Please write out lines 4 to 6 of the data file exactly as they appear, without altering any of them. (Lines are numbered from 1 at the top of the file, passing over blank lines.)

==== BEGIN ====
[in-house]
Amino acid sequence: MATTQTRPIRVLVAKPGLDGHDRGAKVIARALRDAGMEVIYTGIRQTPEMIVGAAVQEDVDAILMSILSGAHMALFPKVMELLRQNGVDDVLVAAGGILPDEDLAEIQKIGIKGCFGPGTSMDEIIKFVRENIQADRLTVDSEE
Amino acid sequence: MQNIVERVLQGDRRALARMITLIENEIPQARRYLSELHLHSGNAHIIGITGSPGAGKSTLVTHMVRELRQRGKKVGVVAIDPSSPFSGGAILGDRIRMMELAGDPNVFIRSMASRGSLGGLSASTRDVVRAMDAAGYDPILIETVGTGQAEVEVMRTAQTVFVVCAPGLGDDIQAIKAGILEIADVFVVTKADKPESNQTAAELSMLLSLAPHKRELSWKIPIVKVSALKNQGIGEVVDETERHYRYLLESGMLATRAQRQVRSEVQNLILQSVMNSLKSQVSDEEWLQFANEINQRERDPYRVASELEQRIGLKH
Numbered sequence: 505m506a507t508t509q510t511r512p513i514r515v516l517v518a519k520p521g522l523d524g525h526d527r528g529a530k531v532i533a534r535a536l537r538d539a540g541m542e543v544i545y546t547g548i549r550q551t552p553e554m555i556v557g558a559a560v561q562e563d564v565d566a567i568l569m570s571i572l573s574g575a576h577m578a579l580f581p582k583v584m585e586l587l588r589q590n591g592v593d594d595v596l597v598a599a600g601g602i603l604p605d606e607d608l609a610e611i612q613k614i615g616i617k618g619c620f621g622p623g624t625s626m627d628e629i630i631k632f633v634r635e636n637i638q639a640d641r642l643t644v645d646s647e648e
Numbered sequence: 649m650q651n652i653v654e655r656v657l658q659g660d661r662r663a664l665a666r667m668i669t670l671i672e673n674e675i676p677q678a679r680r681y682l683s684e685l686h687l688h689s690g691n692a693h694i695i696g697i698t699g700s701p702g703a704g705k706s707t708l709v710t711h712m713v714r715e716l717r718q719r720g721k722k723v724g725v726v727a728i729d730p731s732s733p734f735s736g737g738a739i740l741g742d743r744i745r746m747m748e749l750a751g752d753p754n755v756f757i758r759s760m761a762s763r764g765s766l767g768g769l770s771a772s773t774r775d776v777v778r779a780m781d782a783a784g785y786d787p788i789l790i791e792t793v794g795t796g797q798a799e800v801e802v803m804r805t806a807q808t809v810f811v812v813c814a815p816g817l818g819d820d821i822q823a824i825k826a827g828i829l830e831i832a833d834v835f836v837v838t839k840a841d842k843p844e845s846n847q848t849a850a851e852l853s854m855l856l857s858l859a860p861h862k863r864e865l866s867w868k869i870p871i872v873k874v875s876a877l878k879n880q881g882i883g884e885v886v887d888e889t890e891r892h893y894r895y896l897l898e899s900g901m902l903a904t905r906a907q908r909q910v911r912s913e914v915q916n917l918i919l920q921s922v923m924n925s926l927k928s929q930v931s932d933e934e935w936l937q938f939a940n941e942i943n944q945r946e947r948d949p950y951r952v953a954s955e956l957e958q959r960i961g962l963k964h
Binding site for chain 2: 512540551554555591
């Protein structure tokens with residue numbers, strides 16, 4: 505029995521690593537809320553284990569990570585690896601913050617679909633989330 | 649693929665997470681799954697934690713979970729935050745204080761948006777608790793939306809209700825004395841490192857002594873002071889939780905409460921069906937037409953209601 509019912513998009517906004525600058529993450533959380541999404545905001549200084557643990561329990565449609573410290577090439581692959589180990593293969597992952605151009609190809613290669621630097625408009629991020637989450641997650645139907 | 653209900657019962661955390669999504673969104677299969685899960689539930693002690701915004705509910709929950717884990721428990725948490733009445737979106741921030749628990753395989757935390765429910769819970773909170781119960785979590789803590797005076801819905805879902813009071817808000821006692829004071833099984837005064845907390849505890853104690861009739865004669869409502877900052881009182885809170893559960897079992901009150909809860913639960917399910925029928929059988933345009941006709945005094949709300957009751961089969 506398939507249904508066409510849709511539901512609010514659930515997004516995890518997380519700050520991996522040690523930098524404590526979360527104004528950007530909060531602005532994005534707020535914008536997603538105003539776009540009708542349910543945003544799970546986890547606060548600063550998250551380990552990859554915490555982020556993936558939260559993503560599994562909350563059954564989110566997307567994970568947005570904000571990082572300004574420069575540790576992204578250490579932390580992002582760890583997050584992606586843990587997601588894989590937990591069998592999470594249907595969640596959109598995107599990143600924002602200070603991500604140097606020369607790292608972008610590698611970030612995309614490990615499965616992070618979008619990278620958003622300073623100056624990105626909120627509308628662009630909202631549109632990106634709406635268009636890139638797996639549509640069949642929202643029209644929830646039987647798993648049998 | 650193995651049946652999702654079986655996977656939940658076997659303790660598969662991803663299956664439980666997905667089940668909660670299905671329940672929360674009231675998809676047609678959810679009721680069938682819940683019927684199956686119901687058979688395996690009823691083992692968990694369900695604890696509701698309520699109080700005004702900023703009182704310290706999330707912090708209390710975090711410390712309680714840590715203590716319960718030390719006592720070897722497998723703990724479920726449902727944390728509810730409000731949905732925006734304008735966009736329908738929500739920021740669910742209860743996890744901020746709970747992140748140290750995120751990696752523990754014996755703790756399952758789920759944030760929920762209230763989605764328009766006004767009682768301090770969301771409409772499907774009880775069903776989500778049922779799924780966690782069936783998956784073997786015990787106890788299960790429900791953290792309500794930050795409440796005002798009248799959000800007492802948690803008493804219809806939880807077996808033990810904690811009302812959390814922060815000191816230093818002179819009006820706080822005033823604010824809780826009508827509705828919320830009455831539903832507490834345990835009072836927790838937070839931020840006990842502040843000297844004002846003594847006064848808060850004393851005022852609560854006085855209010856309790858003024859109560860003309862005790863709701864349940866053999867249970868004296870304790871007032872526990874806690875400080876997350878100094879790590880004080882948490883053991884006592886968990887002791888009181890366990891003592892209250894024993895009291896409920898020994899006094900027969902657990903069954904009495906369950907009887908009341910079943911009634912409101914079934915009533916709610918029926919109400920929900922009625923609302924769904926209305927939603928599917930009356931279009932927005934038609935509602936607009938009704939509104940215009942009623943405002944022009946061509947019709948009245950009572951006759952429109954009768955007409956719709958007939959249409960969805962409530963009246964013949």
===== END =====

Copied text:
Numbered sequence: 505m506a507t508t509q510t511r512p513i514r515v516l517v518a519k520p521g522l523d524g525h526d527r528g529a530k531v532i533a534r535a536l537r538d539a540g541m542e543v544i545y546t547g548i549r550q551t552p553e554m555i556v557g558a559a560v561q562e563d564v565d566a567i568l569m570s571i572l573s574g575a576h577m578a579l580f581p582k583v584m585e586l587l588r589q590n591g592v593d594d595v596l597v598a599a600g601g602i603l604p605d606e607d608l609a610e611i612q613k614i615g616i617k618g619c620f621g622p623g624t625s626m627d628e629i630i631k632f633v634r635e636n637i638q639a640d641r642l643t644v645d646s647e648e
Numbered sequence: 649m650q651n652i653v654e655r656v657l658q659g660d661r662r663a664l665a666r667m668i669t670l671i672e673n674e675i676p677q678a679r680r681y682l683s684e685l686h687l688h689s690g691n692a693h694i695i696g697i698t699g700s701p702g703a704g705k706s707t708l709v710t711h712m713v714r715e716l717r718q719r720g721k722k723v724g725v726v727a728i729d730p731s732s733p734f735s736g737g738a739i740l741g742d743r744i745r746m747m748e749l750a751g752d753p754n755v756f757i758r759s760m761a762s763r764g765s766l767g768g769l770s771a772s773t774r775d776v777v778r779a780m781d782a783a784g785y786d787p788i789l790i791e792t793v794g795t796g797q798a799e800v801e802v803m804r805t806a807q808t809v810f811v812v813c814a815p816g817l818g819d820d821i822q823a824i825k826a827g828i829l830e831i832a833d834v835f836v837v838t839k840a841d842k843p844e845s846n847q848t849a850a851e852l853s854m855l856l857s858l859a860p861h862k863r864e865l866s867w868k869i870p871i872v873k874v875s876a877l878k879n880q881g882i883g884e885v886v887d888e889t890e891r892h893y894r895y896l897l898e899s900g901m902l903a904t905r906a907q908r909q910v911r912s913e914v915q916n917l918i919l920q921s922v923m924n925s926l927k928s929q930v931s932d933e934e935w936l937q938f939a940n941e942i943n944q945r946e947r948d949p950y951r952v953a954s955e956l957e958q959r960i961g962l963k964h
Binding site for chain 2: 512540551554555591